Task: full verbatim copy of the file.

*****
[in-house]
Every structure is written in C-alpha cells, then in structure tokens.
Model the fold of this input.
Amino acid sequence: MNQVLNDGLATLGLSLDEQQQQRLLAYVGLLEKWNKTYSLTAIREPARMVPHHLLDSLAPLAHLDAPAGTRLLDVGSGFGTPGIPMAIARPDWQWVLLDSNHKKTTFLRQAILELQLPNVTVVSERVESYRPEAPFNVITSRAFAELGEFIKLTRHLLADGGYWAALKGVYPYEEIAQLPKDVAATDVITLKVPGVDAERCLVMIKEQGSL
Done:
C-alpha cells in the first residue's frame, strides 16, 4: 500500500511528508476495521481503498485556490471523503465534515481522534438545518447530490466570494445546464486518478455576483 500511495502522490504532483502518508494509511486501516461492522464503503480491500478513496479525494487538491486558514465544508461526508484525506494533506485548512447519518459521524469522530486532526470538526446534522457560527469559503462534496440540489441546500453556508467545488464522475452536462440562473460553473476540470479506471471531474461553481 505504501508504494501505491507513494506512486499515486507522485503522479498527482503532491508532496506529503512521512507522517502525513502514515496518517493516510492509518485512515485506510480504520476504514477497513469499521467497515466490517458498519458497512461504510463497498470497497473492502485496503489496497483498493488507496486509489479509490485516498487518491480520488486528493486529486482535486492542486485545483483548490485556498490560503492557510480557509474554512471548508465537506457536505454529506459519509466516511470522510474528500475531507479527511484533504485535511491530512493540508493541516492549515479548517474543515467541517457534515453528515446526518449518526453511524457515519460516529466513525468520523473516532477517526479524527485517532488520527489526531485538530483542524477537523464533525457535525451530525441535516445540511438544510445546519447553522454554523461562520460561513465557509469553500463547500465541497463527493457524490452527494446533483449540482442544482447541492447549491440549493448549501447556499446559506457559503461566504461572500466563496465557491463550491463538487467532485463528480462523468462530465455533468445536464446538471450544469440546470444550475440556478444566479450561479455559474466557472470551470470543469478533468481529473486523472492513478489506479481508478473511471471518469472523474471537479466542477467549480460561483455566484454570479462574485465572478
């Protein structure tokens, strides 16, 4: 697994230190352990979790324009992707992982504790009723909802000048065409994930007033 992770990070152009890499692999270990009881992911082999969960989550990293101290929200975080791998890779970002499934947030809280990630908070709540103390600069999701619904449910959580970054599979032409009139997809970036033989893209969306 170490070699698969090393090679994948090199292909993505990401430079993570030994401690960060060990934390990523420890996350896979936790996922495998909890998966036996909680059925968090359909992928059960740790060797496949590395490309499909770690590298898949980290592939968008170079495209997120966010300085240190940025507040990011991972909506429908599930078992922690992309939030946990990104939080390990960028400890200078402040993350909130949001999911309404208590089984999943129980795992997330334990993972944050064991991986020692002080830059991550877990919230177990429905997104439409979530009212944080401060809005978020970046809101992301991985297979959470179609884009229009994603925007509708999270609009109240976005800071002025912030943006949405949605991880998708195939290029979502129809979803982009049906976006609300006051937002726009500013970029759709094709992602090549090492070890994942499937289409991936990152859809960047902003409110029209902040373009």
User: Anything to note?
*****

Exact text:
[in-house]
Every structure is written in C-alpha cells, then in structure tokens.
Model the fold of this input.
Amino acid sequence: MNQVLNDGLATLGLSLDEQQQQRLLAYVGLLEKWNKTYSLTAIREPARMVPHHLLDSLAPLAHLDAPAGTRLLDVGSGFGTPGIPMAIARPDWQWVLLDSNHKKTTFLRQAILELQLPNVTVVSERVESYRPEAPFNVITSRAFAELGEFIKLTRHLLADGGYWAALKGVYPYEEIAQLPKDVAATDVITLKVPGVDAERCLVMIKEQGSL
Done:
C-alpha cells in the first residue's frame, strides 16, 4: 500500500511528508476495521481503498485556490471523503465534515481522534438545518447530490466570494445546464486518478455576483 500511495502522490504532483502518508494509511486501516461492522464503503480491500478513496479525494487538491486558514465544508461526508484525506494533506485548512447519518459521524469522530486532526470538526446534522457560527469559503462534496440540489441546500453556508467545488464522475452536462440562473460553473476540470479506471471531474461553481 505504501508504494501505491507513494506512486499515486507522485503522479498527482503532491508532496506529503512521512507522517502525513502514515496518517493516510492509518485512515485506510480504520476504514477497513469499521467497515466490517458498519458497512461504510463497498470497497473492502485496503489496497483498493488507496486509489479509490485516498487518491480520488486528493486529486482535486492542486485545483483548490485556498490560503492557510480557509474554512471548508465537506457536505454529506459519509466516511470522510474528500475531507479527511484533504485535511491530512493540508493541516492549515479548517474543515467541517457534515453528515446526518449518526453511524457515519460516529466513525468520523473516532477517526479524527485517532488520527489526531485538530483542524477537523464533525457535525451530525441535516445540511438544510445546519447553522454554523461562520460561513465557509469553500463547500465541497463527493457524490452527494446533483449540482442544482447541492447549491440549493448549501447556499446559506457559503461566504461572500466563496465557491463550491463538487467532485463528480462523468462530465455533468445536464446538471450544469440546470444550475440556478444566479450561479455559474466557472470551470470543469478533468481529473486523472492513478489506479481508478473511471471518469472523474471537479466542477467549480460561483455566484454570479462574485465572478
């Protein structure tokens, strides 16, 4: 697994230190352990979790324009992707992982504790009723909802000048065409994930007033 992770990070152009890499692999270990009881992911082999969960989550990293101290929200975080791998890779970002499934947030809280990630908070709540103390600069999701619904449910959580970054599979032409009139997809970036033989893209969306 170490070699698969090393090679994948090199292909993505990401430079993570030994401690960060060990934390990523420890996350896979936790996922495998909890998966036996909680059925968090359909992928059960740790060797496949590395490309499909770690590298898949980290592939968008170079495209997120966010300085240190940025507040990011991972909506429908599930078992922690992309939030946990990104939080390990960028400890200078402040993350909130949001999911309404208590089984999943129980795992997330334990993972944050064991991986020692002080830059991550877990919230177990429905997104439409979530009212944080401060809005978020970046809101992301991985297979959470179609884009229009994603925007509708999270609009109240976005800071002025912030943006949405949605991880998708195939290029979502129809979803982009049906976006609300006051937002726009500013970029759709094709992602090549090492070890994942499937289409991936990152859809960047902003409110029209902040373009």
User: Anything to note?